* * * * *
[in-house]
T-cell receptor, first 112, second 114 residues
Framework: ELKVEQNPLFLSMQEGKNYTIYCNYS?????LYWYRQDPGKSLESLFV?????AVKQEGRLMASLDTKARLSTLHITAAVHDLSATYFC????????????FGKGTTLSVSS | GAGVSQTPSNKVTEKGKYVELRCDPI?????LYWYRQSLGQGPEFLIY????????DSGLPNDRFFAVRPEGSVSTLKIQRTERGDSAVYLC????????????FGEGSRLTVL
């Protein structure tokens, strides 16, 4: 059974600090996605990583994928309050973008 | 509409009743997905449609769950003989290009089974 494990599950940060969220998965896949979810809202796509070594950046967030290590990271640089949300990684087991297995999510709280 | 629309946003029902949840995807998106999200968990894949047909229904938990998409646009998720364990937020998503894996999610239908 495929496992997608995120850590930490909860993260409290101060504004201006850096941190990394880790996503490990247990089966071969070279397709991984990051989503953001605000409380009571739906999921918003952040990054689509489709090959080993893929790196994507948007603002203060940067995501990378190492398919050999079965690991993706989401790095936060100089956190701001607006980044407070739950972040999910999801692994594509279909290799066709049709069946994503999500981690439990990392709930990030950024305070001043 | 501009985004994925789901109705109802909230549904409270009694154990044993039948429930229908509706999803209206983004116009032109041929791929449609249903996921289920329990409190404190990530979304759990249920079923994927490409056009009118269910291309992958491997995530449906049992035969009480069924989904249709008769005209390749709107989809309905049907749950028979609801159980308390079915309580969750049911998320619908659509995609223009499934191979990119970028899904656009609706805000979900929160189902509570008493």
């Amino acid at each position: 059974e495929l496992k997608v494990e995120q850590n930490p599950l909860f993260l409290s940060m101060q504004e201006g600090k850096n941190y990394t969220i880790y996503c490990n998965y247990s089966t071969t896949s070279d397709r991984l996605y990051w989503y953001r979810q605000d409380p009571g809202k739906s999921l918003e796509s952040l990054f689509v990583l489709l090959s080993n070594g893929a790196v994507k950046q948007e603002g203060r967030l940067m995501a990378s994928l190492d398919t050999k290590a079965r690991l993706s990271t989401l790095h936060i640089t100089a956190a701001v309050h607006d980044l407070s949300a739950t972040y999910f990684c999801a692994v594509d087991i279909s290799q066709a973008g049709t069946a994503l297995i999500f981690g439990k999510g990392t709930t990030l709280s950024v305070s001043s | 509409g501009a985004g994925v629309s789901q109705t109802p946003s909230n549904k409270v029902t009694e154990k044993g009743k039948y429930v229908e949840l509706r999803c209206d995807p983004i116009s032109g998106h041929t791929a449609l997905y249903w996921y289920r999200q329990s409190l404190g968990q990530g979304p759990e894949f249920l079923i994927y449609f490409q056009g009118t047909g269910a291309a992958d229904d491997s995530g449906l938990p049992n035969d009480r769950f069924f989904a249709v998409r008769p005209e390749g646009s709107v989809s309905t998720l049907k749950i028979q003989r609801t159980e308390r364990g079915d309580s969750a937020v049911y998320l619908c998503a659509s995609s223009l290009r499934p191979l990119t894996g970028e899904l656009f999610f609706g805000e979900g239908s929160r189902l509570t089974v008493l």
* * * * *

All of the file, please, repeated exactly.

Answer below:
[in-house]
T-cell receptor, first 112, second 114 residues
Framework: ELKVEQNPLFLSMQEGKNYTIYCNYS?????LYWYRQDPGKSLESLFV?????AVKQEGRLMASLDTKARLSTLHITAAVHDLSATYFC????????????FGKGTTLSVSS | GAGVSQTPSNKVTEKGKYVELRCDPI?????LYWYRQSLGQGPEFLIY????????DSGLPNDRFFAVRPEGSVSTLKIQRTERGDSAVYLC????????????FGEGSRLTVL
């Protein structure tokens, strides 16, 4: 059974600090996605990583994928309050973008 | 509409009743997905449609769950003989290009089974 494990599950940060969220998965896949979810809202796509070594950046967030290590990271640089949300990684087991297995999510709280 | 629309946003029902949840995807998106999200968990894949047909229904938990998409646009998720364990937020998503894996999610239908 495929496992997608995120850590930490909860993260409290101060504004201006850096941190990394880790996503490990247990089966071969070279397709991984990051989503953001605000409380009571739906999921918003952040990054689509489709090959080993893929790196994507948007603002203060940067995501990378190492398919050999079965690991993706989401790095936060100089956190701001607006980044407070739950972040999910999801692994594509279909290799066709049709069946994503999500981690439990990392709930990030950024305070001043 | 501009985004994925789901109705109802909230549904409270009694154990044993039948429930229908509706999803209206983004116009032109041929791929449609249903996921289920329990409190404190990530979304759990249920079923994927490409056009009118269910291309992958491997995530449906049992035969009480069924989904249709008769005209390749709107989809309905049907749950028979609801159980308390079915309580969750049911998320619908659509995609223009499934191979990119970028899904656009609706805000979900929160189902509570008493």
């Amino acid at each position: 059974e495929l496992k997608v494990e995120q850590n930490p599950l909860f993260l409290s940060m101060q504004e201006g600090k850096n941190y990394t969220i880790y996503c490990n998965y247990s089966t071969t896949s070279d397709r991984l996605y990051w989503y953001r979810q605000d409380p009571g809202k739906s999921l918003e796509s952040l990054f689509v990583l489709l090959s080993n070594g893929a790196v994507k950046q948007e603002g203060r967030l940067m995501a990378s994928l190492d398919t050999k290590a079965r690991l993706s990271t989401l790095h936060i640089t100089a956190a701001v309050h607006d980044l407070s949300a739950t972040y999910f990684c999801a692994v594509d087991i279909s290799q066709a973008g049709t069946a994503l297995i999500f981690g439990k999510g990392t709930t990030l709280s950024v305070s001043s | 509409g501009a985004g994925v629309s789901q109705t109802p946003s909230n549904k409270v029902t009694e154990k044993g009743k039948y429930v229908e949840l509706r999803c209206d995807p983004i116009s032109g998106h041929t791929a449609l997905y249903w996921y289920r999200q329990s409190l404190g968990q990530g979304p759990e894949f249920l079923i994927y449609f490409q056009g009118t047909g269910a291309a992958d229904d491997s995530g449906l938990p049992n035969d009480r769950f069924f989904a249709v998409r008769p005209e390749g646009s709107v989809s309905t998720l049907k749950i028979q003989r609801t159980e308390r364990g079915d309580s969750a937020v049911y998320l619908c998503a659509s995609s223009l290009r499934p191979l990119t894996g970028e899904l656009f999610f609706g805000e979900g239908s929160r189902l509570t089974v008493l």